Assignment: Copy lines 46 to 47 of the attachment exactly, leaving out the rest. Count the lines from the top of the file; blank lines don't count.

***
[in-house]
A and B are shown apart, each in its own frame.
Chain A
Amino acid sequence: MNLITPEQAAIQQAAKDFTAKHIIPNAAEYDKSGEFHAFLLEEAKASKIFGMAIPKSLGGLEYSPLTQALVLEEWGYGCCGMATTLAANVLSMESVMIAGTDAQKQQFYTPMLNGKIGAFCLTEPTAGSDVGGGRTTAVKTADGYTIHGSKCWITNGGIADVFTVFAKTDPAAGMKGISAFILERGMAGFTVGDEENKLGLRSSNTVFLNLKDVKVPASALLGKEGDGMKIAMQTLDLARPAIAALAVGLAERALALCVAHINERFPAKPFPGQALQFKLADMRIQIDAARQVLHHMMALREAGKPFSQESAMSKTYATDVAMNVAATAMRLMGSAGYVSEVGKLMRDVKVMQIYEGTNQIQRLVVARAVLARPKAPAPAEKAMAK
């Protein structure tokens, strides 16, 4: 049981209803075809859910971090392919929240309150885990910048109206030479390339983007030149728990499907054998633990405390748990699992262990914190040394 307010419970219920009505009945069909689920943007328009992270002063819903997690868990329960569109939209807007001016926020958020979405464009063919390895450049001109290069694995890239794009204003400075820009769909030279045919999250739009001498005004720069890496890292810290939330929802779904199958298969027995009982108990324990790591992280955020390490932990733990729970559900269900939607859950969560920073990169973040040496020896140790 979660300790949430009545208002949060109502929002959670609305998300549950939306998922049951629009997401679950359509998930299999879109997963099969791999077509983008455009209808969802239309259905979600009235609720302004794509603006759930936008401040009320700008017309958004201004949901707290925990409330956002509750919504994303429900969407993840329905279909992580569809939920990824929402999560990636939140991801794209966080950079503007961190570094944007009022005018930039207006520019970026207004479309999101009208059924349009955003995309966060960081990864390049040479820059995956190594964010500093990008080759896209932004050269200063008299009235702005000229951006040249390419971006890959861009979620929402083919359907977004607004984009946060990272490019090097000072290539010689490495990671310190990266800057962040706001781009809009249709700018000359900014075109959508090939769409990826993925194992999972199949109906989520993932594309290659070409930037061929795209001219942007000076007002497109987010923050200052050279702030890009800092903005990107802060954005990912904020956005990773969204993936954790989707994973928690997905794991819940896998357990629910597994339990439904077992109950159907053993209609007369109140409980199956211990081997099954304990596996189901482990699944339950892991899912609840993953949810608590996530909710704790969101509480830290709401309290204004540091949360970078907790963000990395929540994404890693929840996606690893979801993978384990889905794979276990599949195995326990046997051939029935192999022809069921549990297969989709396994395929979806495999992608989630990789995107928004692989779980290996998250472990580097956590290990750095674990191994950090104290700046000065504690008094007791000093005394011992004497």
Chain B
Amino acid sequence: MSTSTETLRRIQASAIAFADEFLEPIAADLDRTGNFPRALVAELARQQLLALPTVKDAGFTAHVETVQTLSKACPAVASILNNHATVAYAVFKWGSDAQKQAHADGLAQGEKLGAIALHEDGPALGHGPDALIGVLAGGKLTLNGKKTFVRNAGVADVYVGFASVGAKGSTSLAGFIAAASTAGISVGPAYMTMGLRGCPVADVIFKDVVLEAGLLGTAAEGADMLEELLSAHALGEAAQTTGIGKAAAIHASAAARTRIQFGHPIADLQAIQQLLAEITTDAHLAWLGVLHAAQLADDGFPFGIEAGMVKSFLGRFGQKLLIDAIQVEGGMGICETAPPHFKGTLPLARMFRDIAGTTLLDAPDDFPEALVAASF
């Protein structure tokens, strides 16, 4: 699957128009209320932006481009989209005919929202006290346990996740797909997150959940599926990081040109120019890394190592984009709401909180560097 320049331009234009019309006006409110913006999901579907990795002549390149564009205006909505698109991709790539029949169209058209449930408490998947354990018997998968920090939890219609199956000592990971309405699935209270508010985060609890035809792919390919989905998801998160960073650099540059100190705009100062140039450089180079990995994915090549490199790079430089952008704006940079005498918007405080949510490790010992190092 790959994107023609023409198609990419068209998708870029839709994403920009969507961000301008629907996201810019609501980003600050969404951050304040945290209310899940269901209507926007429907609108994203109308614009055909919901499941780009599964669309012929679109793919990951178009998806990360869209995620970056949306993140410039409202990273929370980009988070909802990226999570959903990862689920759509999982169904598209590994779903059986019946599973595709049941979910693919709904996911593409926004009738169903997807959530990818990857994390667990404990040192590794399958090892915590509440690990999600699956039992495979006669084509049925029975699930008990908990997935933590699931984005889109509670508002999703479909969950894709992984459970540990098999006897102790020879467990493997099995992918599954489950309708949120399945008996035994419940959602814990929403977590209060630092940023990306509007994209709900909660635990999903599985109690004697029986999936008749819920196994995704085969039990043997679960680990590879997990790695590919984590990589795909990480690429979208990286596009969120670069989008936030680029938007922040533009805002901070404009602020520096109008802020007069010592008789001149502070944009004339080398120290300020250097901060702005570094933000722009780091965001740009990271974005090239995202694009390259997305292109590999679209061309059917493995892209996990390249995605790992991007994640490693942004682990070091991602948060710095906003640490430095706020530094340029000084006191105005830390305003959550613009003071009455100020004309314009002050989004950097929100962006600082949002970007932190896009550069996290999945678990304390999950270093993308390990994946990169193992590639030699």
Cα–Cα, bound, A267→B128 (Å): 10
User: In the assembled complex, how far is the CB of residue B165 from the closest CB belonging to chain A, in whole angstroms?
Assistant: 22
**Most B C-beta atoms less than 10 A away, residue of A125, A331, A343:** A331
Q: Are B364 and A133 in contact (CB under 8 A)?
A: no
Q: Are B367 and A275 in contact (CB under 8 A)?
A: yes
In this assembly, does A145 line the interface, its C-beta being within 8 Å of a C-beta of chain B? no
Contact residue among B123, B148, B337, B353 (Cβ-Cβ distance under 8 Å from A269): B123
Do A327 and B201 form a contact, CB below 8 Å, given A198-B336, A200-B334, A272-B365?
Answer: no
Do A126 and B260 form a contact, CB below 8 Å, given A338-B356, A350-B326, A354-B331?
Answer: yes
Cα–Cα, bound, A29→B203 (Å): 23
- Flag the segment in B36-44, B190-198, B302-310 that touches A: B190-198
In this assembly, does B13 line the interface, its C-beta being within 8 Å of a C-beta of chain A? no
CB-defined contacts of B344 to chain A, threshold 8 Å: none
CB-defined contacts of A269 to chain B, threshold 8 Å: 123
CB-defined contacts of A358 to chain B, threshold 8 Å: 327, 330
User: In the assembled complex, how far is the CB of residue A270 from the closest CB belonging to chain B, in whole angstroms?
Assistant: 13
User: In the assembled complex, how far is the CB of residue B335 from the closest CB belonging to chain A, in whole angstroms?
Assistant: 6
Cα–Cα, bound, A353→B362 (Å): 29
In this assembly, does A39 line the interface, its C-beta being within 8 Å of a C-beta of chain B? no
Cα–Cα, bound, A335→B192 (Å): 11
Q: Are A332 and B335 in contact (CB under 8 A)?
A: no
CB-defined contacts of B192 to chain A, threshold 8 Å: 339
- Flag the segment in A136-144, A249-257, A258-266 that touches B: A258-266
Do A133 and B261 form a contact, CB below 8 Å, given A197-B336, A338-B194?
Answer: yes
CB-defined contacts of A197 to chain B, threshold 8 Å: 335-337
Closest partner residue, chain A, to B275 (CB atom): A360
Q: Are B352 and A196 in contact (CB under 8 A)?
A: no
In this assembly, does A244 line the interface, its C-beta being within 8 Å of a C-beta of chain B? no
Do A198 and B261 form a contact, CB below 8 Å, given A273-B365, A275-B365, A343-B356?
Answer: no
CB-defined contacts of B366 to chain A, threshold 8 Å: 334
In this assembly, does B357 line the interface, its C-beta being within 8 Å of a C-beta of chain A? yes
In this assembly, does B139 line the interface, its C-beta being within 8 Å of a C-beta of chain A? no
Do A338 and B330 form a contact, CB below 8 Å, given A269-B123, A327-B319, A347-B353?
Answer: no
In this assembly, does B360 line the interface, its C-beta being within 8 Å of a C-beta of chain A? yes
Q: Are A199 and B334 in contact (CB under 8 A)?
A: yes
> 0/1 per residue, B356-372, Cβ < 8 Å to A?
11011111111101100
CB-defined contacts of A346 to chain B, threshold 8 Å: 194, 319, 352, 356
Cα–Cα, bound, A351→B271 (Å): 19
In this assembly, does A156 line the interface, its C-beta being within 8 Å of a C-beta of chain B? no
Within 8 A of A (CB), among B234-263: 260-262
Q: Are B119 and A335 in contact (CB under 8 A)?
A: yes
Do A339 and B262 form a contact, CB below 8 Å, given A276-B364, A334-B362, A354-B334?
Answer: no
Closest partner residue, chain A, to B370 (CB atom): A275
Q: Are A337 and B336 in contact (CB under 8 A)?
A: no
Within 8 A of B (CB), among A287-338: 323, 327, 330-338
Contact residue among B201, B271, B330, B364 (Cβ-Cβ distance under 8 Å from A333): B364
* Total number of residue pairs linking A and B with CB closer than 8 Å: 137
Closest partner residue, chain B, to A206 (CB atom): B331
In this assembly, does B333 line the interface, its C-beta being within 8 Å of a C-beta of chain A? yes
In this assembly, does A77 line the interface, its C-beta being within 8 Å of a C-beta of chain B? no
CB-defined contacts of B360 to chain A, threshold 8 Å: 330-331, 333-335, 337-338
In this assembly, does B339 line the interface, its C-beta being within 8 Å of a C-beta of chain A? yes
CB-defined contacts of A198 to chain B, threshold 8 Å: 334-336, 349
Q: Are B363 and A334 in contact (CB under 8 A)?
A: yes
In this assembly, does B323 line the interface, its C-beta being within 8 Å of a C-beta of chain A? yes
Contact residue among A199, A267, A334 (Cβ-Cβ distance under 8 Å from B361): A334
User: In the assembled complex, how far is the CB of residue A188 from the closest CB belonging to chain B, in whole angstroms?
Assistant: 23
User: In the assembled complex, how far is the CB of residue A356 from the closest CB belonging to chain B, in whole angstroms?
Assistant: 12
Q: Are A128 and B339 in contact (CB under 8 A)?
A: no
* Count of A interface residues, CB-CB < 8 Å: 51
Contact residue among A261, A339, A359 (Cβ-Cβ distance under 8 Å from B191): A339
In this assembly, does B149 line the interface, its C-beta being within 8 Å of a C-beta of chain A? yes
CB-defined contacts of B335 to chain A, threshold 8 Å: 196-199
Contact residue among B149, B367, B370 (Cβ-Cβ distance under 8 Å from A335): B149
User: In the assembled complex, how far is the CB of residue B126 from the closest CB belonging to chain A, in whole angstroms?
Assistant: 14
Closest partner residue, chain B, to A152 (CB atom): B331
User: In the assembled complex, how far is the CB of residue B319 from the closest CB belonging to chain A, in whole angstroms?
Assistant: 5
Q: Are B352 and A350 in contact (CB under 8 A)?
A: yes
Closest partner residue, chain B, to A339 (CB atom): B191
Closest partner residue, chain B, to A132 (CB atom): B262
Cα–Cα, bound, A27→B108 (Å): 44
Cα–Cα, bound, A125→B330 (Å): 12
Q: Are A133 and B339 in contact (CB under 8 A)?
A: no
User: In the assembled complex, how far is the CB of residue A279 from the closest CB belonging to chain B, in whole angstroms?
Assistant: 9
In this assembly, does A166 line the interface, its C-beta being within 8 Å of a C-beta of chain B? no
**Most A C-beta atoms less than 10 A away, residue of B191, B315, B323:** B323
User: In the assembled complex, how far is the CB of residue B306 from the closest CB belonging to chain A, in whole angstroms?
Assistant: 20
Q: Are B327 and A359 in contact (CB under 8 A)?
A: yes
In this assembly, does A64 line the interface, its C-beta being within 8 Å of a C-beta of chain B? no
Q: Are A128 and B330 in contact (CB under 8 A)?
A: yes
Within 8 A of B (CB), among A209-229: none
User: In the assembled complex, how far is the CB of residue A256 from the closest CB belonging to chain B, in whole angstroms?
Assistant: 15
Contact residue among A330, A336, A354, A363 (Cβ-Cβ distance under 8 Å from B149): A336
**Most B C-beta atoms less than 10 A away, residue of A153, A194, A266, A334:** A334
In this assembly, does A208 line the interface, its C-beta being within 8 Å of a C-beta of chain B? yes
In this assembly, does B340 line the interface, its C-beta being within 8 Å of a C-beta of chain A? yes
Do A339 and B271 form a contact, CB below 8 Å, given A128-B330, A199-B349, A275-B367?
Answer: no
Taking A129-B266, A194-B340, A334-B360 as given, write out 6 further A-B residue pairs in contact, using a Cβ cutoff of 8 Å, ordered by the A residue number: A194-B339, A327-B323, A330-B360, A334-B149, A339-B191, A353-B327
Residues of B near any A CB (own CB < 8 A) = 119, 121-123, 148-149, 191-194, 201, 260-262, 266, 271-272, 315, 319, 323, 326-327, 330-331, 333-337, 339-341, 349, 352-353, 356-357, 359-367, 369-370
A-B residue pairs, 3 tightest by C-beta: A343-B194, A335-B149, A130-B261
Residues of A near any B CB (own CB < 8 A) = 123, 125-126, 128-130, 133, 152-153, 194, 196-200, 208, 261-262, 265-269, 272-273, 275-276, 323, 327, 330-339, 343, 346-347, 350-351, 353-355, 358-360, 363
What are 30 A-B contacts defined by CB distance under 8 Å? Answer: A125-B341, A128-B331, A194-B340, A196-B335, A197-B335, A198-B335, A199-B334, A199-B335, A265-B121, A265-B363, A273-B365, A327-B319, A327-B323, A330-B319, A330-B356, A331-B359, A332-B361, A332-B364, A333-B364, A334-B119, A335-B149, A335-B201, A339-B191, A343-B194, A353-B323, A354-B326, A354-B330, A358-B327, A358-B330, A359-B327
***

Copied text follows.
In this assembly, does A244 line the interface, its C-beta being within 8 Å of a C-beta of chain B? no
Do A198 and B261 form a contact, CB below 8 Å, given A273-B365, A275-B365, A343-B356?